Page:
We wanted to explore new APIs while also solving a real-world problem. Many fraud detection systems are based solely on heuristics, but we wanted to try using machine learning techniques.
What it does
Queries CapitalOne's Nessie API for a user's transactions
Trains a SVM, and continuously queries for new transactions
Looks for anomalies using the SVM
If an anomaly is detected, send the user a text message with the details of the offending transaction(s)
How we built it
Since the Capital One API didn't have a good Python wrapper, we first built a complete python wrapper for the API that covers all the endpoints.
For classification we decided to use a support vector machine provided by the scikit-learn package.
After initially getting a user's transactions and training the SVM on them we continuously query the API for new transactions. We classify the new transactions using the SVM.
If the transaction trips our SVM, then we use the Twilio API to send the user a text message.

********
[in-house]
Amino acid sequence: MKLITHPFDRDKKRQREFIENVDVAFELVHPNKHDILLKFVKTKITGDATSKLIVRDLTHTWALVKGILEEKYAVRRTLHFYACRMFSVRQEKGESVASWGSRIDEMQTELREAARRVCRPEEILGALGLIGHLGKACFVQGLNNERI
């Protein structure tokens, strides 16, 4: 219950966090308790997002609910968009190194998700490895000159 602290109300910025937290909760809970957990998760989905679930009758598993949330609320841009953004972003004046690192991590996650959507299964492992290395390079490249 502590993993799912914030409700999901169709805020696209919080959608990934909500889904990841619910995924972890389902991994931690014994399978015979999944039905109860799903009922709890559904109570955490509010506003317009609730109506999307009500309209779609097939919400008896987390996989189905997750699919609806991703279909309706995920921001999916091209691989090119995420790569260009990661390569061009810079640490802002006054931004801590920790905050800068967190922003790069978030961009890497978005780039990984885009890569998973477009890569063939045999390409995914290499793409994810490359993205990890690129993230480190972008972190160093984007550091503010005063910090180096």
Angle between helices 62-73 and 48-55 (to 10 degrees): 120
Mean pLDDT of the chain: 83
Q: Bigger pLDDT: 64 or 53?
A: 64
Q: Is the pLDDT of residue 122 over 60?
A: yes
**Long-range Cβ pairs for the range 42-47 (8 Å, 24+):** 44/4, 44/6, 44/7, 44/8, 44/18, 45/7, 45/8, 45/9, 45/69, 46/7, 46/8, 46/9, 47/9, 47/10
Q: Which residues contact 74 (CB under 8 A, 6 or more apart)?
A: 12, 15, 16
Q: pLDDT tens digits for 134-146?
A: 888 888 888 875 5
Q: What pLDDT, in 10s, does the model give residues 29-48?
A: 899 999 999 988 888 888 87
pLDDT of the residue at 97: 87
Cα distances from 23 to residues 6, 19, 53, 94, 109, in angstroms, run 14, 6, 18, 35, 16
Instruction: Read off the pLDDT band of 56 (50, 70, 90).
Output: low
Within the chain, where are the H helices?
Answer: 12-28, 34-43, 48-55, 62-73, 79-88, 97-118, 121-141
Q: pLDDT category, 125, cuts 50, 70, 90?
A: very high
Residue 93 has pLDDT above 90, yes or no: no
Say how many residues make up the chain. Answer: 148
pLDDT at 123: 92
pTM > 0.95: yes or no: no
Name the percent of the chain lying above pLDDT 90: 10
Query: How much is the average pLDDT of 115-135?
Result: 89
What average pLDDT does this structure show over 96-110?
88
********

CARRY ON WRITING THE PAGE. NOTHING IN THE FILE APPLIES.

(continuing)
Challenges we ran into
The biggest challenge we had was reliably classifying transactions. We ended up using only 3 parameters: amount and the longitude and latitude of the merchant. We only started getting reliable predictions after we normalized the inputs to a range from 0 to 1
Accomplishments that we're proud of
The complete API wrapper for the Capital One API.
Choosing and fine-tuning the right machine learning model.
What we learned
Gained more experience with machine learning classification
Used some new APIs
What's next for Fraud Alert
We would like to ask the user for a confirmation on whether the transaction was actually fraudulent or not. If it was, then we would cancel the purchase.
We would also like to keep track of the user's budget and alert them if they are close to exceeding it.